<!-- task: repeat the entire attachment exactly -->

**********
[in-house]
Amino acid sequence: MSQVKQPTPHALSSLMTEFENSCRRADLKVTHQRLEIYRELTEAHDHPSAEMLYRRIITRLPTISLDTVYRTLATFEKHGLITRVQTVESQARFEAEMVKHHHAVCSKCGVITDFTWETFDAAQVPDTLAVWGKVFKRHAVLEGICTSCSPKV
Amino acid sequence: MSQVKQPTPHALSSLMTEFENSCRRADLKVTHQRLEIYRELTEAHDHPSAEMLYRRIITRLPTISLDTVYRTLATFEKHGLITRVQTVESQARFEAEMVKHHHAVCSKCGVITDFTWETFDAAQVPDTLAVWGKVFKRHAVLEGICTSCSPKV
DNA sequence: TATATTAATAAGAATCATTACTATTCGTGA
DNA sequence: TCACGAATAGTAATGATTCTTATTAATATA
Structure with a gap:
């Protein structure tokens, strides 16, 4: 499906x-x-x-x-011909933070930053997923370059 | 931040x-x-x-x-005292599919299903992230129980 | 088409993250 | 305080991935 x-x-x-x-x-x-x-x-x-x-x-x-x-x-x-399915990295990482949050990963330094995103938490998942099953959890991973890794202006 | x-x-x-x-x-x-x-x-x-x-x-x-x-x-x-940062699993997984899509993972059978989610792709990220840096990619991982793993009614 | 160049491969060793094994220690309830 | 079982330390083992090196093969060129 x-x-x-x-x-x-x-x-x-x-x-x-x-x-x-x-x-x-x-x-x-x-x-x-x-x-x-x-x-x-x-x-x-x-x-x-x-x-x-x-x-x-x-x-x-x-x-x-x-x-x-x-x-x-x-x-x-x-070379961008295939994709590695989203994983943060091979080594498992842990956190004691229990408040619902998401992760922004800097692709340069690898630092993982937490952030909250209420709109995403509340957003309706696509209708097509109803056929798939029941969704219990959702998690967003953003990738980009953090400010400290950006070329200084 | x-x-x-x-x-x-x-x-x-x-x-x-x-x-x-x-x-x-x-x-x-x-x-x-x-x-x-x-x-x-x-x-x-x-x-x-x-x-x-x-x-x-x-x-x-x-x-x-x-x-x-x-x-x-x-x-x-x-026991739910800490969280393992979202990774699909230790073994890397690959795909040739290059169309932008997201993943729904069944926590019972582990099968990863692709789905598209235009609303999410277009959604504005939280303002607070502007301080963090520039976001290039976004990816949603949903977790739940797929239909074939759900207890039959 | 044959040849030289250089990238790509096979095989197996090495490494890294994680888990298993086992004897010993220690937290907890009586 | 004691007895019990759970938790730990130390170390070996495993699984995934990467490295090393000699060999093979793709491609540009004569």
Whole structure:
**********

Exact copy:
[in-house]
Amino acid sequence: MSQVKQPTPHALSSLMTEFENSCRRADLKVTHQRLEIYRELTEAHDHPSAEMLYRRIITRLPTISLDTVYRTLATFEKHGLITRVQTVESQARFEAEMVKHHHAVCSKCGVITDFTWETFDAAQVPDTLAVWGKVFKRHAVLEGICTSCSPKV
Amino acid sequence: MSQVKQPTPHALSSLMTEFENSCRRADLKVTHQRLEIYRELTEAHDHPSAEMLYRRIITRLPTISLDTVYRTLATFEKHGLITRVQTVESQARFEAEMVKHHHAVCSKCGVITDFTWETFDAAQVPDTLAVWGKVFKRHAVLEGICTSCSPKV
DNA sequence: TATATTAATAAGAATCATTACTATTCGTGA
DNA sequence: TCACGAATAGTAATGATTCTTATTAATATA
Structure with a gap:
């Protein structure tokens, strides 16, 4: 499906x-x-x-x-011909933070930053997923370059 | 931040x-x-x-x-005292599919299903992230129980 | 088409993250 | 305080991935 x-x-x-x-x-x-x-x-x-x-x-x-x-x-x-399915990295990482949050990963330094995103938490998942099953959890991973890794202006 | x-x-x-x-x-x-x-x-x-x-x-x-x-x-x-940062699993997984899509993972059978989610792709990220840096990619991982793993009614 | 160049491969060793094994220690309830 | 079982330390083992090196093969060129 x-x-x-x-x-x-x-x-x-x-x-x-x-x-x-x-x-x-x-x-x-x-x-x-x-x-x-x-x-x-x-x-x-x-x-x-x-x-x-x-x-x-x-x-x-x-x-x-x-x-x-x-x-x-x-x-x-x-070379961008295939994709590695989203994983943060091979080594498992842990956190004691229990408040619902998401992760922004800097692709340069690898630092993982937490952030909250209420709109995403509340957003309706696509209708097509109803056929798939029941969704219990959702998690967003953003990738980009953090400010400290950006070329200084 | x-x-x-x-x-x-x-x-x-x-x-x-x-x-x-x-x-x-x-x-x-x-x-x-x-x-x-x-x-x-x-x-x-x-x-x-x-x-x-x-x-x-x-x-x-x-x-x-x-x-x-x-x-x-x-x-x-x-026991739910800490969280393992979202990774699909230790073994890397690959795909040739290059169309932008997201993943729904069944926590019972582990099968990863692709789905598209235009609303999410277009959604504005939280303002607070502007301080963090520039976001290039976004990816949603949903977790739940797929239909074939759900207890039959 | 044959040849030289250089990238790509096979095989197996090495490494890294994680888990298993086992004897010993220690937290907890009586 | 004691007895019990759970938790730990130390170390070996495993699984995934990467490295090393000699060999093979793709491609540009004569």
Whole structure: